The “Kovax” platform of the “World Health Organization” has allocated to Syria more than one million doses of the “AstraZeneca” vaccine developed by the British University of Oxford against the “Coronavirus” (Covid-19).
According to a list of countries to which “Kovax” will distribute vaccines, the name of Syria was mentioned with a quota of one million and 20 thousand doses, which is a preliminary forecast.
The World Health Organization, Syria, was among the 92 low-income countries that will support it to receive the vaccine as soon as it is approved.
The British envoy to Syria, Jonathan Hargreaves, wrote on Twitter on Friday, February 5, that British support for “Kovax” means that Syria will receive vaccines soon.
Britain provided 548 million pounds (752 million US dollars) to Kovax and helped raise one billion dollars from other donors.
The Chinese ambassador to Syria, Feng Biao, announced, Thursday, that his country has decided to provide the Chinese vaccine against Coronavirus to Syria as an aid to the Syrian government.
Syria was not part of the “Kovax” platform, but on January 26, he agreed to join the initiative, according to what was announced by the Syrian Prime Minister, Hussein Arnous.
The representative of the World Health Organization in Syria, Akjamal Magtimova, had expected the country to receive a group vaccine because there were no facilities necessary to keep Pfizer vaccines in a deep freeze.
Magtimova said that the success of launching Covid vaccines in Syria depends on their availability and distribution, and may initially cover only 3% of the population, noting that the Syrian government’s request under the Kovax program will cover 20% of the population, but this supply may not come. Dose the vaccine immediately.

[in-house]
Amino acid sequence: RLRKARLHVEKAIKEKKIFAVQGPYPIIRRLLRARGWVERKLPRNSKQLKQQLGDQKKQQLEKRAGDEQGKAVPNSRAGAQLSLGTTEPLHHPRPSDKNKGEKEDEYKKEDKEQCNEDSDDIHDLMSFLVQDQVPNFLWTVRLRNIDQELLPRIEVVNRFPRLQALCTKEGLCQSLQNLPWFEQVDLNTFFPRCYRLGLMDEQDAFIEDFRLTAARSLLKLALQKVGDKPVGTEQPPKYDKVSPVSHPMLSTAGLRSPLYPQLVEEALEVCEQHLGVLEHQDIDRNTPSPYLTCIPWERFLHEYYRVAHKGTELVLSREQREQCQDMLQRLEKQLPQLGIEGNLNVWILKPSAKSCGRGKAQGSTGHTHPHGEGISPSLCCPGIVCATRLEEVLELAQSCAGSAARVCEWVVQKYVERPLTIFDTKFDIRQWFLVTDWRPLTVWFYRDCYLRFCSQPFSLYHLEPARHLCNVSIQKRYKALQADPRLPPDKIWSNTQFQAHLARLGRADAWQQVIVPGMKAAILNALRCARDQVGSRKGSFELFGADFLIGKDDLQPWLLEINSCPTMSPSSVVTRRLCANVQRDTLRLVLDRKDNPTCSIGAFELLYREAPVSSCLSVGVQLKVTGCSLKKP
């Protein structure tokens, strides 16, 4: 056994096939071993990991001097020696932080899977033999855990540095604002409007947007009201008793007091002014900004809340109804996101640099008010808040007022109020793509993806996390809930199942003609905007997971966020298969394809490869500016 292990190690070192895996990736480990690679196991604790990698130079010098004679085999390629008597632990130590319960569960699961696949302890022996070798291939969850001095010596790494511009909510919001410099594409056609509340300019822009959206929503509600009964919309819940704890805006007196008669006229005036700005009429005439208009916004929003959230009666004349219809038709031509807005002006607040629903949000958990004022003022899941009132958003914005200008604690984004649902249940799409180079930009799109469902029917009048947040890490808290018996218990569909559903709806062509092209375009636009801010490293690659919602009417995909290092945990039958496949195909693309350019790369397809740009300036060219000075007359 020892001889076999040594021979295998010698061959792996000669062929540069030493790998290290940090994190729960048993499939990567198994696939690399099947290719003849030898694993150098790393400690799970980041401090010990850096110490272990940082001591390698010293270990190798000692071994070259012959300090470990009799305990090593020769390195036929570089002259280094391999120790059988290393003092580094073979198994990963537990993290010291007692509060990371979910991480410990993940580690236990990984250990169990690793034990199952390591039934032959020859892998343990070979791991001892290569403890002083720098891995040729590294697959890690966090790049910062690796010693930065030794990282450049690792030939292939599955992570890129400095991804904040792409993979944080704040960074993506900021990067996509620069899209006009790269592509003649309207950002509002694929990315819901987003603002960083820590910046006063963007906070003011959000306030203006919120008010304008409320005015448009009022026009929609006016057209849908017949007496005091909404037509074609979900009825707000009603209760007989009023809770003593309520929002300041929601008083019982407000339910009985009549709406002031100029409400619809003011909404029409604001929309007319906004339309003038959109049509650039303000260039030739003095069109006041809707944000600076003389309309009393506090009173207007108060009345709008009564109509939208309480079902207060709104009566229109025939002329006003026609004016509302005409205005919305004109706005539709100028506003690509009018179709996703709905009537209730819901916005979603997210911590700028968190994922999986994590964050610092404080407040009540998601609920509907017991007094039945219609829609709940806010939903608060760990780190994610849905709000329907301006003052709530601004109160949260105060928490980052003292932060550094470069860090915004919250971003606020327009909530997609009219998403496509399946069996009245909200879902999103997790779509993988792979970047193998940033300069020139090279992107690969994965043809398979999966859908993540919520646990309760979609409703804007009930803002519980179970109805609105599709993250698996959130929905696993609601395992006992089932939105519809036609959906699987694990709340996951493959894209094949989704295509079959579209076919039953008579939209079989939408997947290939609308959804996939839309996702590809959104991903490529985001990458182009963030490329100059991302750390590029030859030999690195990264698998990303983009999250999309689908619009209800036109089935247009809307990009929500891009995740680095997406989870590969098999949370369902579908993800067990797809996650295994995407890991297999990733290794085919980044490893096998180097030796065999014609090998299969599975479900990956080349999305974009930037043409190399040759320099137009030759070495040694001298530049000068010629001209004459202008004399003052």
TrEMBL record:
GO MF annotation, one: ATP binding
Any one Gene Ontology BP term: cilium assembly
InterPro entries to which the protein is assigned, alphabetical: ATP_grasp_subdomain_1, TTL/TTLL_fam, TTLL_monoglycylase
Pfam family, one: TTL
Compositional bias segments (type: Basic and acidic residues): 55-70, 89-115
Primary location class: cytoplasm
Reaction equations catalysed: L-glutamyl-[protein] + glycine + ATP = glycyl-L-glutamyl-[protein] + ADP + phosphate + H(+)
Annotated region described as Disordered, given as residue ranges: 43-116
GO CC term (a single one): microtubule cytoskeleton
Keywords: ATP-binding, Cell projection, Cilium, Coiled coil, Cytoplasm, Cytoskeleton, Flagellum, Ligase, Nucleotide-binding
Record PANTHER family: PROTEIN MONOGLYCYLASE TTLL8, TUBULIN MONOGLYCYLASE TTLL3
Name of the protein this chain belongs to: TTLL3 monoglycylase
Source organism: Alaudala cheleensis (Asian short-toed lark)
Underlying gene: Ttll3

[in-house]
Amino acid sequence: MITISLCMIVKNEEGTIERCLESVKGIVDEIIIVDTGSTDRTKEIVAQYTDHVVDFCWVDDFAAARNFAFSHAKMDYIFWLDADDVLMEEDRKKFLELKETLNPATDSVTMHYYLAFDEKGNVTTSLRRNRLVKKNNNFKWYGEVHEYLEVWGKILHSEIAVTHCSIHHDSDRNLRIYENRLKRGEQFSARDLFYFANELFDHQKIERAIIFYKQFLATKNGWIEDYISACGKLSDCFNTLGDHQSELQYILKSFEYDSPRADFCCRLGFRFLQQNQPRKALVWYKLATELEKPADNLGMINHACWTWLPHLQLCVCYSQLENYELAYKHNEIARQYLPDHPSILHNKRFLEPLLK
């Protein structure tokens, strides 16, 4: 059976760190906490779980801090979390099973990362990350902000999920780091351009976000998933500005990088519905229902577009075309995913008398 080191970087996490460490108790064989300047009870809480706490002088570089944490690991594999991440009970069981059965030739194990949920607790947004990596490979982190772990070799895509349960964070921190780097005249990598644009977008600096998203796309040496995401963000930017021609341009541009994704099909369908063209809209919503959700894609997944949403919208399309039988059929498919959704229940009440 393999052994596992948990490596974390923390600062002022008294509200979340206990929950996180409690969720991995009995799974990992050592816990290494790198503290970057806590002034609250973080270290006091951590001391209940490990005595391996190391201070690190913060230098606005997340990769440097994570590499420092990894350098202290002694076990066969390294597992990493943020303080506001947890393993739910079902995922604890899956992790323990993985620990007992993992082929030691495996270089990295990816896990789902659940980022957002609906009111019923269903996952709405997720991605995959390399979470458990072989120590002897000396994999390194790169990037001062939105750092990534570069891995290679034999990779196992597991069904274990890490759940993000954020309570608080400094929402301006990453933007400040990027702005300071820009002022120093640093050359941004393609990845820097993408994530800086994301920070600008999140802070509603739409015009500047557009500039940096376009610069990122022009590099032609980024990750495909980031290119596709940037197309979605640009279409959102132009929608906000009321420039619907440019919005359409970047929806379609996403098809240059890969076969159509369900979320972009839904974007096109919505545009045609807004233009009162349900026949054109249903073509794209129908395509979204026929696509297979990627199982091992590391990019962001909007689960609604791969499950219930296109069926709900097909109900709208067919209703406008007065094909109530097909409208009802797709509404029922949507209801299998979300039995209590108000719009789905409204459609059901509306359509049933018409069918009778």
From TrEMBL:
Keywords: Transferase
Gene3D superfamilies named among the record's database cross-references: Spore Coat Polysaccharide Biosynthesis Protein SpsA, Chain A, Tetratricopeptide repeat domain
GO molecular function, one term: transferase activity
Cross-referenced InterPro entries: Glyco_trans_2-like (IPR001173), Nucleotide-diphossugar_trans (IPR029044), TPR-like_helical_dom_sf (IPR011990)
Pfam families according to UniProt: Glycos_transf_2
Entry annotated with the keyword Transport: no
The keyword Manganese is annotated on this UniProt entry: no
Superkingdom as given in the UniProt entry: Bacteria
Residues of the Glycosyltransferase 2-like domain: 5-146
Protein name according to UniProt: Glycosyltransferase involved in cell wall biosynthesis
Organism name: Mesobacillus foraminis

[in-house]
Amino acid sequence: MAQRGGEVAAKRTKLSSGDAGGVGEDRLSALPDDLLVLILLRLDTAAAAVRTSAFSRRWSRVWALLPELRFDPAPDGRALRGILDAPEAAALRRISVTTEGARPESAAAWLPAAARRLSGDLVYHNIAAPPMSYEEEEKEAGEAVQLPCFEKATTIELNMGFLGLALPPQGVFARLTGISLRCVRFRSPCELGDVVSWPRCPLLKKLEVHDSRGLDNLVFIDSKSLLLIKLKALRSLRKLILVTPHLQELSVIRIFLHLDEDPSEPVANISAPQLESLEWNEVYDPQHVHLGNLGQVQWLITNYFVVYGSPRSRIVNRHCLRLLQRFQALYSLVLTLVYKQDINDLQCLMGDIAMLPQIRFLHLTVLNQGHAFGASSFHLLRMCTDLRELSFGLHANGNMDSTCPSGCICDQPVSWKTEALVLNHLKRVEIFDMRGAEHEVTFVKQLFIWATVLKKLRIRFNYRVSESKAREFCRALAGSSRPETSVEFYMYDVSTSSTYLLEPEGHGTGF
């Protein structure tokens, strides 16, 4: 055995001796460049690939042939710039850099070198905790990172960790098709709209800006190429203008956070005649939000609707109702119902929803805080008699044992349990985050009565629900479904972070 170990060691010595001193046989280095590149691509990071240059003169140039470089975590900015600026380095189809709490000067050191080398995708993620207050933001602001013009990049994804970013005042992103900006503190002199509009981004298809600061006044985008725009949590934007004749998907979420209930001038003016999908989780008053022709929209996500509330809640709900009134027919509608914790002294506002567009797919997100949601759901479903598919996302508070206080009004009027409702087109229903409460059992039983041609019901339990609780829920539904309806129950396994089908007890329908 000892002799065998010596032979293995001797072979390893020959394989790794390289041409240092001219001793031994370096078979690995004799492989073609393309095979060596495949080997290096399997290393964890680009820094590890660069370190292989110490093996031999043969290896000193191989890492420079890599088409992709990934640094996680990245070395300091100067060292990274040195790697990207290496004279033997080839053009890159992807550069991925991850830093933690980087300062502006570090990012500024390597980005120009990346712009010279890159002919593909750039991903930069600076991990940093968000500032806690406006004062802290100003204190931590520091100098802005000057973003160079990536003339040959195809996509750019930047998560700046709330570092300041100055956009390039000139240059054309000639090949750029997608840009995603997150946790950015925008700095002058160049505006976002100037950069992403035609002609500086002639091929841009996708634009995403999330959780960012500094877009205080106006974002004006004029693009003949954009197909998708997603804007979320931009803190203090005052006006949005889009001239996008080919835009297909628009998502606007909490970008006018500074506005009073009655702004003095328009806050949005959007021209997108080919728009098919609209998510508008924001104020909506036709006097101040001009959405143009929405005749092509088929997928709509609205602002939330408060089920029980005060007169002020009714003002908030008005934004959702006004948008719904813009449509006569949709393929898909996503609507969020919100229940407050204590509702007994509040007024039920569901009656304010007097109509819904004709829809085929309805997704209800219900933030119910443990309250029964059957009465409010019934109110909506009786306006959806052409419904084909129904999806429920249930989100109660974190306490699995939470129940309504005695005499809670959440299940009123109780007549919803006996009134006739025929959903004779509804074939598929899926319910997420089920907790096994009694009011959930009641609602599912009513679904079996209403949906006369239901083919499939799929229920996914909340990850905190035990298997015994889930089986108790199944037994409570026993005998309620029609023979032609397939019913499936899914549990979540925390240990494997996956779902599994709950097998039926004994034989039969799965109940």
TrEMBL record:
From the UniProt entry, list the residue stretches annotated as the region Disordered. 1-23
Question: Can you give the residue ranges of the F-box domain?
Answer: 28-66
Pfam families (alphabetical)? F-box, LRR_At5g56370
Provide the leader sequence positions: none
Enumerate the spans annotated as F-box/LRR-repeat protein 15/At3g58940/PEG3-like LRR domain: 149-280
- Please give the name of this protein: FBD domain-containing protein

The official indicated the need to follow a phased approach, to cover 3% of the population in the first stage, during which it would mainly target health personnel working with pandemic patients, and then expand to include other groups of the population.
She explained that Syria witnessed its peak in mid-August 2020, and is now witnessing a second wave that began in mid-December 2020, adding that the numbers are currently declining, and there is no evidence that hospital occupancy exceeds the number of beds available.
One of the most prominent features of the AstraZeneca and University of Oxford vaccine is that it costs as little as 2.50 euros per dose.
It is also easy to store, as it requires a temperature between two and eight degrees Celsius, which is the temperature of normal refrigerators, unlike other vaccines, which can only be stored in the long term at very low temperatures.